DOGS & ART & POP CULTURE
Dogs are commonly used in the art and pop culture. Continue reading to view some past dog-related works.
There is no better way to pay tribute to someone you love than dedicating something beautiful to them, something you’ve created. You know there’s never been a writer who hasn’t dedicated a book to his or her lover, or a singer who hasn’t written entire albums for their long lost love.
I suppose it then makes sense that artists paint not just their lovers but also their best friends. In some cases, their best friends happen to be their dogs. Also the fact that dogs symbolize loyalty and companionship could explain why they have been and remain a consistent feature in art, even to this day. In the 20th century, they continued to pervade pop culture but in a different way- various brands began adopting man’s best friend as a symbol or logo for their businesses.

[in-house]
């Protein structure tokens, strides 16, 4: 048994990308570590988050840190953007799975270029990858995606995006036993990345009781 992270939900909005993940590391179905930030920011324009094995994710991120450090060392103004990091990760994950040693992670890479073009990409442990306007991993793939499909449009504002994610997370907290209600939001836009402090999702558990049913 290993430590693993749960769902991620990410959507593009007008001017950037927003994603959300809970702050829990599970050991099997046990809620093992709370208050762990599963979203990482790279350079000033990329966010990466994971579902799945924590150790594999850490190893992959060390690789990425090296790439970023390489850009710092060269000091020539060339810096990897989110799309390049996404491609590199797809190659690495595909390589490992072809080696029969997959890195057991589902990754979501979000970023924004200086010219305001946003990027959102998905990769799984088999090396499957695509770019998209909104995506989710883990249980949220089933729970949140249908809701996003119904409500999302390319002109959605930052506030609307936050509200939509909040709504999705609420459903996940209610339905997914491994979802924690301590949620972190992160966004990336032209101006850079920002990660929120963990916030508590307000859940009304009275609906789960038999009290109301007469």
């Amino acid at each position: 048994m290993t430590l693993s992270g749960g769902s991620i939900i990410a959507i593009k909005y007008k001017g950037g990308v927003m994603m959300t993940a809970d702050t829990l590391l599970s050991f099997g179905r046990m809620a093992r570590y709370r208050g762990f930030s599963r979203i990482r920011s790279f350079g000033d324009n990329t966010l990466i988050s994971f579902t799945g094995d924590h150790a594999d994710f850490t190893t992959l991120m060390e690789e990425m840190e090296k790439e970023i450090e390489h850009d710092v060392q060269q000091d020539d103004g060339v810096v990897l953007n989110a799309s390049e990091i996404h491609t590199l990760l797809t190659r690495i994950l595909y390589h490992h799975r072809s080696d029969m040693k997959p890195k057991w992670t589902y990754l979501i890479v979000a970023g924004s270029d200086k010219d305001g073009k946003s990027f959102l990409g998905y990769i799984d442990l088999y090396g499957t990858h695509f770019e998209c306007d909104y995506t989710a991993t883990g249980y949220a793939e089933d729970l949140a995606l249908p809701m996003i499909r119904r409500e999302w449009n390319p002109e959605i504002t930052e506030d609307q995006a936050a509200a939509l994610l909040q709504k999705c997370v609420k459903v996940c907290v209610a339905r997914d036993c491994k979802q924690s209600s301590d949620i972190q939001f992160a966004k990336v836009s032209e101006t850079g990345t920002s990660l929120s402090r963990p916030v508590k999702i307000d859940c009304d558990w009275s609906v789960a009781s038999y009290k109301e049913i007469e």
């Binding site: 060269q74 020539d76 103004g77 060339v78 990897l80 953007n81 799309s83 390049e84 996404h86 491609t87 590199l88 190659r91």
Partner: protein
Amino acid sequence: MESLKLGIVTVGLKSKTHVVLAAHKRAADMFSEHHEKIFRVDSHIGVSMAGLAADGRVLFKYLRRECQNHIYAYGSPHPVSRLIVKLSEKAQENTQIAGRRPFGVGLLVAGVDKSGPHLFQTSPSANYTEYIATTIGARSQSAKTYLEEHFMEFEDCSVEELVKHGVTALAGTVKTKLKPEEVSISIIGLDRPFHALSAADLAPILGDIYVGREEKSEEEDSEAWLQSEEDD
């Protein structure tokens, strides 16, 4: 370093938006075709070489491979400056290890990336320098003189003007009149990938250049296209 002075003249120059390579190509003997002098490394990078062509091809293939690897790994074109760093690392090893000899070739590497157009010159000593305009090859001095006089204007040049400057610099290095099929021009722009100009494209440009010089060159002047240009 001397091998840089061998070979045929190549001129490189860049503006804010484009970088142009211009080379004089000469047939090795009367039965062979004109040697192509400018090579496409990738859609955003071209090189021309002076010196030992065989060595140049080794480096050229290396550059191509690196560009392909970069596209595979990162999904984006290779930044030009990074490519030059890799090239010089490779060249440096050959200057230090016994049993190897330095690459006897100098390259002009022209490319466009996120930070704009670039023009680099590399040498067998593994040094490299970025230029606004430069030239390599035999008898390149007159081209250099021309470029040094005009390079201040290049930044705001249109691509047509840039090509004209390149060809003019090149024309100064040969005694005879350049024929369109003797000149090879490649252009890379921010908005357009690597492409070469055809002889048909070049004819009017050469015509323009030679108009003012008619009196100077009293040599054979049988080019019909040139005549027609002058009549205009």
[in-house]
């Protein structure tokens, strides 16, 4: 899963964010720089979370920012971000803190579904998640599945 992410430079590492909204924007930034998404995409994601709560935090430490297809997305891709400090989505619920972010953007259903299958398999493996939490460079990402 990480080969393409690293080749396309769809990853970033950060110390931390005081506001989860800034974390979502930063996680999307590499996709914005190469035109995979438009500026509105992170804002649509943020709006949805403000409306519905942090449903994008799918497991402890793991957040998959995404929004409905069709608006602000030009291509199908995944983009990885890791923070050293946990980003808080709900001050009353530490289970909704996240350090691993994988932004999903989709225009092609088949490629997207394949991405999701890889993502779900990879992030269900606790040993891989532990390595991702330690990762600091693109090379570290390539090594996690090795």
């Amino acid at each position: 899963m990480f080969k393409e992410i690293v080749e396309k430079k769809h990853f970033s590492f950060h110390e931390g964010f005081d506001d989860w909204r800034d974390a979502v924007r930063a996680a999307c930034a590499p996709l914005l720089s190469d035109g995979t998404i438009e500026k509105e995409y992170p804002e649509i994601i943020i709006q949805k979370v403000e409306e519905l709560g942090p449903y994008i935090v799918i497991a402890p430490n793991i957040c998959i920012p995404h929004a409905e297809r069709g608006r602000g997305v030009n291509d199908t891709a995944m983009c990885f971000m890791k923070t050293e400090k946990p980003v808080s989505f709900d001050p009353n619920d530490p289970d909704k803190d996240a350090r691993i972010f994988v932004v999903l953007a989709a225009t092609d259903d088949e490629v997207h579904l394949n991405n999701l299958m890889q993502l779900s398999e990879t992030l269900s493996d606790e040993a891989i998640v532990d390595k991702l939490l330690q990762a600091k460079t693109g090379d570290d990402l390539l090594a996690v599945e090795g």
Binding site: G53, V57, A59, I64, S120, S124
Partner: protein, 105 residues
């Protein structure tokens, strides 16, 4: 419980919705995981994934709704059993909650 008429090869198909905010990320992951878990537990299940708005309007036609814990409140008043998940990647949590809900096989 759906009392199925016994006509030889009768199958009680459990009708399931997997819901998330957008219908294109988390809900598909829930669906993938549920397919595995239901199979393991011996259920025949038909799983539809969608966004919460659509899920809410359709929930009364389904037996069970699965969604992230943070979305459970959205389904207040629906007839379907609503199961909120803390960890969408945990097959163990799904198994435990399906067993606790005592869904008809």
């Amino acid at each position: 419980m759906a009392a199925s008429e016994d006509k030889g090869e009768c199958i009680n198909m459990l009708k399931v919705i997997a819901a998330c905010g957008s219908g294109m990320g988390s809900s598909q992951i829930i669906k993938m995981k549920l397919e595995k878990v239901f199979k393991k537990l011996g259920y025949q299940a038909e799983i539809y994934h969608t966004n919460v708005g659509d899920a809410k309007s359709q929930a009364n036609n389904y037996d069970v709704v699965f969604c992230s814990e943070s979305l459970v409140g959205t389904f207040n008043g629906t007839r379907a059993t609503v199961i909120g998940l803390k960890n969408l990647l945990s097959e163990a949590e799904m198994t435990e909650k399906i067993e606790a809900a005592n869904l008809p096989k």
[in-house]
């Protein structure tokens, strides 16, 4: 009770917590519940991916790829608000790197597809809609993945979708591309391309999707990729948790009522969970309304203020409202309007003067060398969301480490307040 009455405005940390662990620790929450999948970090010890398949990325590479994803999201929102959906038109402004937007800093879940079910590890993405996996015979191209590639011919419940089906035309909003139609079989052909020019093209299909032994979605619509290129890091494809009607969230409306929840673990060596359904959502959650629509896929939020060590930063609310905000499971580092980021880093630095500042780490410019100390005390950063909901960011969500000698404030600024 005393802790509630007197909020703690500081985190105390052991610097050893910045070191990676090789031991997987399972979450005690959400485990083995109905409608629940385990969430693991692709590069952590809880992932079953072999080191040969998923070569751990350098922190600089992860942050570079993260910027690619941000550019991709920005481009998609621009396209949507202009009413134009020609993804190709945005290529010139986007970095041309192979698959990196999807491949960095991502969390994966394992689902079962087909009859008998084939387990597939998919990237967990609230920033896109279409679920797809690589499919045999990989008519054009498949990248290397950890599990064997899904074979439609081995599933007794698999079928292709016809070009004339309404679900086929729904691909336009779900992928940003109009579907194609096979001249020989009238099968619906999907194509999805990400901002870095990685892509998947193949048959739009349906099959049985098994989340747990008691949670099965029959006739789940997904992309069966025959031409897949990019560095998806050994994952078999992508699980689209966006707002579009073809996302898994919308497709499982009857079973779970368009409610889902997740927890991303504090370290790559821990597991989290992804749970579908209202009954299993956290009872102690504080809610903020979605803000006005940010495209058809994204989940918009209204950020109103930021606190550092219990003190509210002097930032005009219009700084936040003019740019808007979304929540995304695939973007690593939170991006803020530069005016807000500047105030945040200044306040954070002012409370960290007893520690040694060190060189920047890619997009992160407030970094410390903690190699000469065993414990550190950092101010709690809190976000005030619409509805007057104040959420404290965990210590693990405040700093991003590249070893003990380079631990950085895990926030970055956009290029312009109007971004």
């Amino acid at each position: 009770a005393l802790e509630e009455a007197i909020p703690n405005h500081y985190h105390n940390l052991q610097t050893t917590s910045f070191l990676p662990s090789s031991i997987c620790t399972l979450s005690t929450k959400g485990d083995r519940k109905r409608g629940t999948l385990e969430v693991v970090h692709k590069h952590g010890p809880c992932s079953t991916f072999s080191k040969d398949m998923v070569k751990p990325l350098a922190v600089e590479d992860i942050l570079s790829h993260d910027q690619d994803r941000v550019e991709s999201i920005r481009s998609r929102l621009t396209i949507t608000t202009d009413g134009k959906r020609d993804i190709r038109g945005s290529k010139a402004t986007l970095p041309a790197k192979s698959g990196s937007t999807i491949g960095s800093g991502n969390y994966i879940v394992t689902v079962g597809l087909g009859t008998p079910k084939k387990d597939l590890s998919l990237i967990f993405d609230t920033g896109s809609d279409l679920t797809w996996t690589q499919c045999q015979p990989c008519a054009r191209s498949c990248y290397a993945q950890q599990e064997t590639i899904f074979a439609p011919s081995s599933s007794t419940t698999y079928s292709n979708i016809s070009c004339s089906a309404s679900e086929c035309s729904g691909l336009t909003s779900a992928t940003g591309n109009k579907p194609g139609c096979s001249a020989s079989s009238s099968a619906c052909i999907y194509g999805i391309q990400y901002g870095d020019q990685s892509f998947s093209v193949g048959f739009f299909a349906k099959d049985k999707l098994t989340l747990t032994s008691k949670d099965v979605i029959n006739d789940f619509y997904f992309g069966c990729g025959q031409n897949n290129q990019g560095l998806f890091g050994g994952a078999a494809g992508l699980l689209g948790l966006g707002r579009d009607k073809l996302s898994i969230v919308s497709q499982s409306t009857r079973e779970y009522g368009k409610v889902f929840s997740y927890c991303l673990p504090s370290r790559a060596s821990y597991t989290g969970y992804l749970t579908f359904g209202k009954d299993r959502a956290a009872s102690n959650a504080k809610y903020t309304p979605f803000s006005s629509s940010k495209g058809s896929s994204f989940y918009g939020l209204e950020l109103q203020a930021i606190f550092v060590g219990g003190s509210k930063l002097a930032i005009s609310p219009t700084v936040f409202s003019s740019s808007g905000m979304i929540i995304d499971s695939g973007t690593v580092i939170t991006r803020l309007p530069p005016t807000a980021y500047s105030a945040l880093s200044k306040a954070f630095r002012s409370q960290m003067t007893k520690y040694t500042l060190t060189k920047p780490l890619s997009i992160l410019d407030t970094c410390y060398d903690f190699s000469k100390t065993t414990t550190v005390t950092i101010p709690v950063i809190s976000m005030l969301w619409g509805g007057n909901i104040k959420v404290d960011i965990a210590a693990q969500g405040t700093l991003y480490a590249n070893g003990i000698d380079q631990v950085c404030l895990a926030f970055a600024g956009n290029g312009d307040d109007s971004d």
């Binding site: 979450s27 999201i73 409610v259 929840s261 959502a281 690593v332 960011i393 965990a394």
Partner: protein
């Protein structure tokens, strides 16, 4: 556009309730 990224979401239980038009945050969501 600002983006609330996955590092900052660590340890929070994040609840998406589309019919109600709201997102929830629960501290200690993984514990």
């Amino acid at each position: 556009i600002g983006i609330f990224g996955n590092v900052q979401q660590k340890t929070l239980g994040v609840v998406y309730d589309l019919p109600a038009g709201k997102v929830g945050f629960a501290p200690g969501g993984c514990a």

Without further ado, here are a handful of some rather well-known dogs featuring in popular art- if you haven’t heard of them, well, here you go!
‘Dogs Playing Poker’ by C.M. Coolidge (1903)
If you’re not already familiar with this series of paintings, you must have at least chanced upon a parody at some point or another. The collection of 16 painted by C.M. Coolidge at the turn of the 20th century depicts anthropomorphized dogs, and the most famous of the lot (called ‘A Friend in Need’) sees these dogs playing- what else- a game of poker. Initially incepted as an advertising campaign for a brand of cigars, the paintings eventually gained widespread fame, more specifically becoming a staple in middle-class American home decor.